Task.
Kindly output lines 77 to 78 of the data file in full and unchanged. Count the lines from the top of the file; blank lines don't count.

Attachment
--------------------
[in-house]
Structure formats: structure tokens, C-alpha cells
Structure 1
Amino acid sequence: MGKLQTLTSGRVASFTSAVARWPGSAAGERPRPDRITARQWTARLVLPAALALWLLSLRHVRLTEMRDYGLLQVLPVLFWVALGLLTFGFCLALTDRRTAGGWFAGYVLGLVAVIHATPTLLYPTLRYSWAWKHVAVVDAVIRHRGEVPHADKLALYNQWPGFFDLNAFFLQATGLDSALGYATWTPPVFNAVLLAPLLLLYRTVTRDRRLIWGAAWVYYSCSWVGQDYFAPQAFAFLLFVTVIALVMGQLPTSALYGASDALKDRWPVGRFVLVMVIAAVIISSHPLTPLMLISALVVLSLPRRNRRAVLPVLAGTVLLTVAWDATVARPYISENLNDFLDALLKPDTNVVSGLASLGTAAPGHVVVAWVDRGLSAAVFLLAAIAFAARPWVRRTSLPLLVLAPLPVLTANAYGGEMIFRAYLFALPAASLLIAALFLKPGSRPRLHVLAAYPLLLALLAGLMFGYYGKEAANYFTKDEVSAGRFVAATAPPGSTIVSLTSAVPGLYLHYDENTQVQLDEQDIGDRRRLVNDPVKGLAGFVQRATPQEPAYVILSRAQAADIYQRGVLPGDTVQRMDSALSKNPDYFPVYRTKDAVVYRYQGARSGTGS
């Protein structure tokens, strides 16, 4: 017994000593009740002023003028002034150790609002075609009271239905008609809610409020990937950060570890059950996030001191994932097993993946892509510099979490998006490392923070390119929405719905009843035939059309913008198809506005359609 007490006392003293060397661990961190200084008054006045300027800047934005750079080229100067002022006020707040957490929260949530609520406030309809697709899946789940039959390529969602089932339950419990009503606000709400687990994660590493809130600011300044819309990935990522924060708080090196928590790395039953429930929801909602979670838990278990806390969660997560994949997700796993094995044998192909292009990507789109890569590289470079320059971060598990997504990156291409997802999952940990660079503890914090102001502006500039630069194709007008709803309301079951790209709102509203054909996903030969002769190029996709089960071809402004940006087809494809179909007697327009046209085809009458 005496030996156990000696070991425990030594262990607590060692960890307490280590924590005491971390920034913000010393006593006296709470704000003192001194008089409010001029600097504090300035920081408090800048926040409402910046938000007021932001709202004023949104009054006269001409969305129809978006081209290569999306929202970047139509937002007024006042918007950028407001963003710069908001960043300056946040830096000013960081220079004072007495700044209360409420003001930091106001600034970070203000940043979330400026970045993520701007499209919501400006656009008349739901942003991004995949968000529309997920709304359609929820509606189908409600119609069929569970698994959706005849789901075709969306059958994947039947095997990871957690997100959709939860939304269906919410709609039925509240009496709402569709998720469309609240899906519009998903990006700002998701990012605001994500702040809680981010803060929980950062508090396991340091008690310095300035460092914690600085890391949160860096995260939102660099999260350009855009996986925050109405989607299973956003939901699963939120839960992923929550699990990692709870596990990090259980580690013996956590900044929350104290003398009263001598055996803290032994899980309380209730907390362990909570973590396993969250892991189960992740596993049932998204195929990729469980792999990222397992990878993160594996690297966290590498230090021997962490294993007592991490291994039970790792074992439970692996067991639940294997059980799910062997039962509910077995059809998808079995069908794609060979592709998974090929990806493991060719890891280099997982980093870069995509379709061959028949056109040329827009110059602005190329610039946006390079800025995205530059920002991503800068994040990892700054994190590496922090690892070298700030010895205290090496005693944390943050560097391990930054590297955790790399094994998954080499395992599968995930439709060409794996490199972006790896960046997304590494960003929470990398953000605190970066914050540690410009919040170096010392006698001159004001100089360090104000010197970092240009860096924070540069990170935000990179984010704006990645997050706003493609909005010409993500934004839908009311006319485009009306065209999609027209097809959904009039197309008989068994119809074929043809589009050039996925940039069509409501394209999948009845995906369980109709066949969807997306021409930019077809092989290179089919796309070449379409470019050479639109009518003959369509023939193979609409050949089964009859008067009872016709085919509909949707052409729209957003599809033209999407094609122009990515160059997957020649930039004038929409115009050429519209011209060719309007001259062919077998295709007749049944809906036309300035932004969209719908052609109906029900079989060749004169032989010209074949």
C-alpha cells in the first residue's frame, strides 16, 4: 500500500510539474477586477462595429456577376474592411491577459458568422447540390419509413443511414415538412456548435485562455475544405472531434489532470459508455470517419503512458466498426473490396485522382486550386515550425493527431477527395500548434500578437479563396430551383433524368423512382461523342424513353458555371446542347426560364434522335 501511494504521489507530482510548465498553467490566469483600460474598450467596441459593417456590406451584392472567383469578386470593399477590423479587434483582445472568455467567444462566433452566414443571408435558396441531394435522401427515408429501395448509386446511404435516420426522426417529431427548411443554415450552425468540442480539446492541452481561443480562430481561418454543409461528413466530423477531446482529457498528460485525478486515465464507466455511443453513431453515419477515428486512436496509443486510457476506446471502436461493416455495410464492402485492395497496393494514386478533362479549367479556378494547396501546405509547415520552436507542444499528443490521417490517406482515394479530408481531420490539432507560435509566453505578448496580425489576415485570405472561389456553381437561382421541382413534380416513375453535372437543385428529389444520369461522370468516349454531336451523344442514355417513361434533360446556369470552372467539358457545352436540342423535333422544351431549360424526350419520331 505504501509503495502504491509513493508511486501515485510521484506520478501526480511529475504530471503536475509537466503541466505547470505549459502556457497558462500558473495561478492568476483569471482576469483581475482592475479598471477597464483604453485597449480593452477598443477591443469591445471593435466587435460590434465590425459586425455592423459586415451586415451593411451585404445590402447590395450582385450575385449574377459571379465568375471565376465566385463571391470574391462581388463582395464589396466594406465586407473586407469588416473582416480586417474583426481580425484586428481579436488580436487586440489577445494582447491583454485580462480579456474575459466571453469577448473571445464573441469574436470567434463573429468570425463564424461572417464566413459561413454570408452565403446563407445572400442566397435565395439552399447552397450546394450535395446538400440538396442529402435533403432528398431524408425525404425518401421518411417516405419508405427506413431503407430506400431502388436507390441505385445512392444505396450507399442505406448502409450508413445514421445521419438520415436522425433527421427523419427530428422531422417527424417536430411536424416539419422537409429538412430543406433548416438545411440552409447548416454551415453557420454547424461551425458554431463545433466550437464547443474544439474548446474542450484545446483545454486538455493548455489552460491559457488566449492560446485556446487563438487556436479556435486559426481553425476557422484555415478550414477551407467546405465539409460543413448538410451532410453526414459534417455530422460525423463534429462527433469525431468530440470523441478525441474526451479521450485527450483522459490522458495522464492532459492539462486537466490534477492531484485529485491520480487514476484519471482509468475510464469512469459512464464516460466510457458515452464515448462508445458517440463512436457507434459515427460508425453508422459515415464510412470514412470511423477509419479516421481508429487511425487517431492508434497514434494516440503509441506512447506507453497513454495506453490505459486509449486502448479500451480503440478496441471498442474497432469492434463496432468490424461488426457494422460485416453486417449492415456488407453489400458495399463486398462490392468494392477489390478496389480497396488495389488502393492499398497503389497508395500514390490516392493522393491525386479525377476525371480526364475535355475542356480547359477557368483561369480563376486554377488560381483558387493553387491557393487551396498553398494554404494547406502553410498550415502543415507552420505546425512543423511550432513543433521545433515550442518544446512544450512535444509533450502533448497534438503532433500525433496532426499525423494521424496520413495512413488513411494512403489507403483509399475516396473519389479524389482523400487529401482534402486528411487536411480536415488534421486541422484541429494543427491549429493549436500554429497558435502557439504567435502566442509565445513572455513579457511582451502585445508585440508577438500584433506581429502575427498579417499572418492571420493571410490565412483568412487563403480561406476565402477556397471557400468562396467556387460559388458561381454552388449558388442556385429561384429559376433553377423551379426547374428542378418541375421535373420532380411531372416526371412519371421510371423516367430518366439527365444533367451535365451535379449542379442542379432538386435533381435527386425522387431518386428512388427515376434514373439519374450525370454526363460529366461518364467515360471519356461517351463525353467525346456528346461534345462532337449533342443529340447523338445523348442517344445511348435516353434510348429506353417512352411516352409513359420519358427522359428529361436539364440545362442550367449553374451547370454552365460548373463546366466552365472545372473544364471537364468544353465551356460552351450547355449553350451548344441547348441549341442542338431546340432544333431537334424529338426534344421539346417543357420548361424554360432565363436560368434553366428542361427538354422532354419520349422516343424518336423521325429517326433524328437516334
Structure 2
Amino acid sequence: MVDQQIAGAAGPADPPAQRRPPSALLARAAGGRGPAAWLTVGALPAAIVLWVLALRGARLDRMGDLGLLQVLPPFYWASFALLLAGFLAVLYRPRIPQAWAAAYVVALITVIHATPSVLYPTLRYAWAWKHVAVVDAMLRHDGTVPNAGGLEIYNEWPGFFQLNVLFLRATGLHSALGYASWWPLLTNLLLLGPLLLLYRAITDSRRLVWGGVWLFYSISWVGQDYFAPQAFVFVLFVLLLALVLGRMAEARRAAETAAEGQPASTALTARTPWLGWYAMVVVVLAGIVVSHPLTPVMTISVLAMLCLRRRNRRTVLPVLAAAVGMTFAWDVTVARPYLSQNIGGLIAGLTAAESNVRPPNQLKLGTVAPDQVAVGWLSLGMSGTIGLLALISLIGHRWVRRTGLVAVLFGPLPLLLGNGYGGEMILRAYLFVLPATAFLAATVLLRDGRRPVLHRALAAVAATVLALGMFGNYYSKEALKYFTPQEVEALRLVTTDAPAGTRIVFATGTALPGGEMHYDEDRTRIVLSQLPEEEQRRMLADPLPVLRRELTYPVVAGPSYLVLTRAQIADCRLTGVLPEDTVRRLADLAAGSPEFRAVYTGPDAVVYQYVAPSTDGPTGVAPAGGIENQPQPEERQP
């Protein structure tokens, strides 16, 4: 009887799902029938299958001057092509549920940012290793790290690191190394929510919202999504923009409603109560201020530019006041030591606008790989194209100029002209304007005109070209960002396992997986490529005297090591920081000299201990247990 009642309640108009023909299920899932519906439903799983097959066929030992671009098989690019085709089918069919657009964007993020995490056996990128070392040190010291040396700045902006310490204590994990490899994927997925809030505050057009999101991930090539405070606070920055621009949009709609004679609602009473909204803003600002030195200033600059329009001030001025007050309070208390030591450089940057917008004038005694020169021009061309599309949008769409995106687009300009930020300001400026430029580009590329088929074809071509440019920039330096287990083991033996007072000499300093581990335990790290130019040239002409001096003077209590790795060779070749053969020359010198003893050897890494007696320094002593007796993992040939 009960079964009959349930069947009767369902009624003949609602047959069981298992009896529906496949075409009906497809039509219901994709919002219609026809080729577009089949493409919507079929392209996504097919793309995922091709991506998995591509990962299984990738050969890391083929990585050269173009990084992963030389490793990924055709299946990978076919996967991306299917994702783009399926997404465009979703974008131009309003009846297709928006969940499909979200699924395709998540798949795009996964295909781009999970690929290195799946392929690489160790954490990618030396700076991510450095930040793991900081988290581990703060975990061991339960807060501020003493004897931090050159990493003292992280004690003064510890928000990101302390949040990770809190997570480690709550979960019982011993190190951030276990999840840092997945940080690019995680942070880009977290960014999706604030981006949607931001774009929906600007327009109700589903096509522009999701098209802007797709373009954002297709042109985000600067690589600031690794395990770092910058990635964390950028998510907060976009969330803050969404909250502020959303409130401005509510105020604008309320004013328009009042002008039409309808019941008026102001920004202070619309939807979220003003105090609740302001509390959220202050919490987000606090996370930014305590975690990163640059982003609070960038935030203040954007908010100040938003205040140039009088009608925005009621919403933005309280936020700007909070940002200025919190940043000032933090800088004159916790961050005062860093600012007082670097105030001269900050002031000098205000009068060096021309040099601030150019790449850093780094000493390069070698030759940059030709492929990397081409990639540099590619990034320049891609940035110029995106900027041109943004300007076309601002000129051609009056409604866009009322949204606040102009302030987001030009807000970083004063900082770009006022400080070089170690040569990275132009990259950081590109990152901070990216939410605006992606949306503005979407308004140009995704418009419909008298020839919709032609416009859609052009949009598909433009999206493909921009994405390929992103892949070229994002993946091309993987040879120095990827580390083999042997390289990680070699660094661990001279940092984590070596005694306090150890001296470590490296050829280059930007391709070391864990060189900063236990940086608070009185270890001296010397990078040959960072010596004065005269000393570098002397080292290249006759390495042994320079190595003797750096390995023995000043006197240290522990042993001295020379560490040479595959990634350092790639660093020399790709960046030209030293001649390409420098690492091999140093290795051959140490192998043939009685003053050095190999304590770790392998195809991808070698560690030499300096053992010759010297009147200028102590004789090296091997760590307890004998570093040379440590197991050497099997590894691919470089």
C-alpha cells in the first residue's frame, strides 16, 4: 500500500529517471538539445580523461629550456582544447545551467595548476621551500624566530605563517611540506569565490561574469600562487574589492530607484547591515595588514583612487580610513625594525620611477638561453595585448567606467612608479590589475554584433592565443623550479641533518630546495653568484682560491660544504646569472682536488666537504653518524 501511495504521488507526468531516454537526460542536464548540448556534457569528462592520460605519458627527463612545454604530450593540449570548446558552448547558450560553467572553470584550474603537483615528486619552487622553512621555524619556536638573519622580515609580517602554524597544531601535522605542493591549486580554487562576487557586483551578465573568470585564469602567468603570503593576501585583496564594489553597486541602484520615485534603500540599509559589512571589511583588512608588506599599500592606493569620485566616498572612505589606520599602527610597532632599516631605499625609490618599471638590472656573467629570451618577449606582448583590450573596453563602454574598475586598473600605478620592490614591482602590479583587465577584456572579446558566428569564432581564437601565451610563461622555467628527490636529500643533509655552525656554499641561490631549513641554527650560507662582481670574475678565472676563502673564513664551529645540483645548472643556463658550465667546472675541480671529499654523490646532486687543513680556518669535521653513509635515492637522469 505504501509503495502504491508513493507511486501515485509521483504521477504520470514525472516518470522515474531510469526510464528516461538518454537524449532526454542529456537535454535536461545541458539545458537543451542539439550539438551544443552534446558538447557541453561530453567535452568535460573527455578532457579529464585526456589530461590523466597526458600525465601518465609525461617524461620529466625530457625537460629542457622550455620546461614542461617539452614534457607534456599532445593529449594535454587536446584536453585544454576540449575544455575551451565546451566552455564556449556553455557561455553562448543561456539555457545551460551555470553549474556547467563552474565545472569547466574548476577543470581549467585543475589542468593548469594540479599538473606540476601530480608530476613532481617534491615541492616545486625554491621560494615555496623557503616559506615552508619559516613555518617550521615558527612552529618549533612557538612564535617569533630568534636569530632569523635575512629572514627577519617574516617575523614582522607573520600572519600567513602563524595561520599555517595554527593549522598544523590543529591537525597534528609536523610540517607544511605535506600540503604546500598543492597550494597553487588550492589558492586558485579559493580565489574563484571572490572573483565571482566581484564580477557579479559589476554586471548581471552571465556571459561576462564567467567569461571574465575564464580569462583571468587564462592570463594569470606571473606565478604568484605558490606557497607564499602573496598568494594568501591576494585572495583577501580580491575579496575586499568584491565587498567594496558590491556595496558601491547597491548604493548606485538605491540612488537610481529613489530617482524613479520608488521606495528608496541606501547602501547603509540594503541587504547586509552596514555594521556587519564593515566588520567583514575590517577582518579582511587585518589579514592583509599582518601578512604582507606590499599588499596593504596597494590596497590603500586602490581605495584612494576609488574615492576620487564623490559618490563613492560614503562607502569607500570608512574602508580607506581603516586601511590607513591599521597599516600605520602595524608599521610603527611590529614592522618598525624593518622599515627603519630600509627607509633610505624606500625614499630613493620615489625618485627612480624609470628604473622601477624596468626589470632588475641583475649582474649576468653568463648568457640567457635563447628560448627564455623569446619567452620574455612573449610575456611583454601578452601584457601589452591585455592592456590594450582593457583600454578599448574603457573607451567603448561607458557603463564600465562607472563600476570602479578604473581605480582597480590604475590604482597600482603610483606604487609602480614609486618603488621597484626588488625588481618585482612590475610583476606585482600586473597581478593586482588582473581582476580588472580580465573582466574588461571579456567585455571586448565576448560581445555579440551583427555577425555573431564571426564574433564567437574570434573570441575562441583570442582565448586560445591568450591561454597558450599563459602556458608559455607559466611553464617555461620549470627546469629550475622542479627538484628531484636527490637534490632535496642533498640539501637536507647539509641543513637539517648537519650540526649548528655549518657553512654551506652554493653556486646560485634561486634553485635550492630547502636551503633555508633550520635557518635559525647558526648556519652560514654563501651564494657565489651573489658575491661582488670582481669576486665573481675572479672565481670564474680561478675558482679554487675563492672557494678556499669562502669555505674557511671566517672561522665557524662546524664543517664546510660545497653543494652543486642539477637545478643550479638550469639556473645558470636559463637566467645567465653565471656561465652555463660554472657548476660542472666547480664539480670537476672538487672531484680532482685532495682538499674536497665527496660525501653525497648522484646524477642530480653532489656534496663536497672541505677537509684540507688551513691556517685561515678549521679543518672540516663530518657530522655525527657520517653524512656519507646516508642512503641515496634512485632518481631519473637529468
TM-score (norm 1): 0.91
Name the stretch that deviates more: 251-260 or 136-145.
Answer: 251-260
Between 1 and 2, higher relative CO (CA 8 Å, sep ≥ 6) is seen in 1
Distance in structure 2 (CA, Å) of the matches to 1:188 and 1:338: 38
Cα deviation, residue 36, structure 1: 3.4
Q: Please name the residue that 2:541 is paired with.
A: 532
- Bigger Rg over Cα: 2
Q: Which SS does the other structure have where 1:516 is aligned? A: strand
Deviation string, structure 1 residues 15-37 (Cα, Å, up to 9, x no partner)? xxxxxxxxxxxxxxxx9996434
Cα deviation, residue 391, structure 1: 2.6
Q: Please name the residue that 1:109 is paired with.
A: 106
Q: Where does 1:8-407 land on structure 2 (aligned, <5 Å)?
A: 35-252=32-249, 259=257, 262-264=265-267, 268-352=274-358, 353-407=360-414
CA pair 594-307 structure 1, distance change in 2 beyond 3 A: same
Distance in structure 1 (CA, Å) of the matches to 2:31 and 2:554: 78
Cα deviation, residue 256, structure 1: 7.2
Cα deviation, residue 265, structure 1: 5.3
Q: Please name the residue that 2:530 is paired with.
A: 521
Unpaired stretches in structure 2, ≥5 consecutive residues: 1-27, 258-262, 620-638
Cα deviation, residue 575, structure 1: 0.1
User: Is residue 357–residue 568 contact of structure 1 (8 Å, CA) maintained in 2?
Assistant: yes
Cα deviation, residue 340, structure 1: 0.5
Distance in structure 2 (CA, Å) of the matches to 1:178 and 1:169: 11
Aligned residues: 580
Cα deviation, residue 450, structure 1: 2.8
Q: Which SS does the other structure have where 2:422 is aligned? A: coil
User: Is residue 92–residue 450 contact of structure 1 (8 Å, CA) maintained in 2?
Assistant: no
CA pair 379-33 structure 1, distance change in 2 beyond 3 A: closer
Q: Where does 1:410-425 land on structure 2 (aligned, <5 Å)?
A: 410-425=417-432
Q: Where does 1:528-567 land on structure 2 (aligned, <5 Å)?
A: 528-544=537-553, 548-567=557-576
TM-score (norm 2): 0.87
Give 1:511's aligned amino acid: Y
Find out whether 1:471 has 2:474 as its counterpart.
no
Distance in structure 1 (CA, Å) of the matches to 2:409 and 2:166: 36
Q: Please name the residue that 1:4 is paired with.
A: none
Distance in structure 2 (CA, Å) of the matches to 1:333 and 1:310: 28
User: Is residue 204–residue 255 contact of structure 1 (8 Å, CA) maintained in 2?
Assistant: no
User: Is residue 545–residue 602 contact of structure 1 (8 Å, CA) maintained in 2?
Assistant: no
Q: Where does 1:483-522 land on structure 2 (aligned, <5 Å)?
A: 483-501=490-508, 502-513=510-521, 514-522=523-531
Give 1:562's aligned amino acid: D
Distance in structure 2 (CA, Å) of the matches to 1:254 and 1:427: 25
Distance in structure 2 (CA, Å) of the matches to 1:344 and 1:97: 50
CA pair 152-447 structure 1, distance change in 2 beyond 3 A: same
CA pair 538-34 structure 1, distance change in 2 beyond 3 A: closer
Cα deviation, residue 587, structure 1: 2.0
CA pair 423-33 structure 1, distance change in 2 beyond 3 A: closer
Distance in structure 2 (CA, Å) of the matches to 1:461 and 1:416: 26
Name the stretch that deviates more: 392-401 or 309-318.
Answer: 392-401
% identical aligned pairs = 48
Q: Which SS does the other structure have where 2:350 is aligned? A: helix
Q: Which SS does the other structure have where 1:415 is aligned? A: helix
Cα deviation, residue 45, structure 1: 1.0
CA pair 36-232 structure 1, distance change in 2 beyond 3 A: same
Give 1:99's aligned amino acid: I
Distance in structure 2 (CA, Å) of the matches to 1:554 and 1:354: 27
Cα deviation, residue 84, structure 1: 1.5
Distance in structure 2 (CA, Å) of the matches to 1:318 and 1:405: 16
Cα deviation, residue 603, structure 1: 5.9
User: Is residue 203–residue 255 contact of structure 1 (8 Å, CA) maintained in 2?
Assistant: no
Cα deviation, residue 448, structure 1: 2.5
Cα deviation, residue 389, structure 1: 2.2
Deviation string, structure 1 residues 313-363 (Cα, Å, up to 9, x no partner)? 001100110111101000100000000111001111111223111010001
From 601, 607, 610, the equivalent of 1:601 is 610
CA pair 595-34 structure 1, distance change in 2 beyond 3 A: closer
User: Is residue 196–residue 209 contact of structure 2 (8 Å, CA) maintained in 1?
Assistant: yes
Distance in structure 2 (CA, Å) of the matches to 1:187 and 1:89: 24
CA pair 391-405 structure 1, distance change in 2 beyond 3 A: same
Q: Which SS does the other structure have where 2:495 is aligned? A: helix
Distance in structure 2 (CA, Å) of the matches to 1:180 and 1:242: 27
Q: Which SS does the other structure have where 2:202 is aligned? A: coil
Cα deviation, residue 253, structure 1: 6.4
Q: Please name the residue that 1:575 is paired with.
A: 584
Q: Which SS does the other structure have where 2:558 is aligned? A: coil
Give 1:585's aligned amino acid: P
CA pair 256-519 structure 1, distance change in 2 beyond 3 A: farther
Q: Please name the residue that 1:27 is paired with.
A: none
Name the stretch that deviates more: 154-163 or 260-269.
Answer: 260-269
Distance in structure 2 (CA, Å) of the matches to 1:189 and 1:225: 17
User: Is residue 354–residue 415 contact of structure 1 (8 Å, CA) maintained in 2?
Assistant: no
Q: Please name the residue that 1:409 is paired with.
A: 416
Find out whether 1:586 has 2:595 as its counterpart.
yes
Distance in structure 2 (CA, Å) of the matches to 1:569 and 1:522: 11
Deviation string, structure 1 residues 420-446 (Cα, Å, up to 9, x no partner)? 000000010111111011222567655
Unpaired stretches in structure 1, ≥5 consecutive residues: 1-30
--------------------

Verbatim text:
CA pair 36-232 structure 1, distance change in 2 beyond 3 A: same
Give 1:99's aligned amino acid: I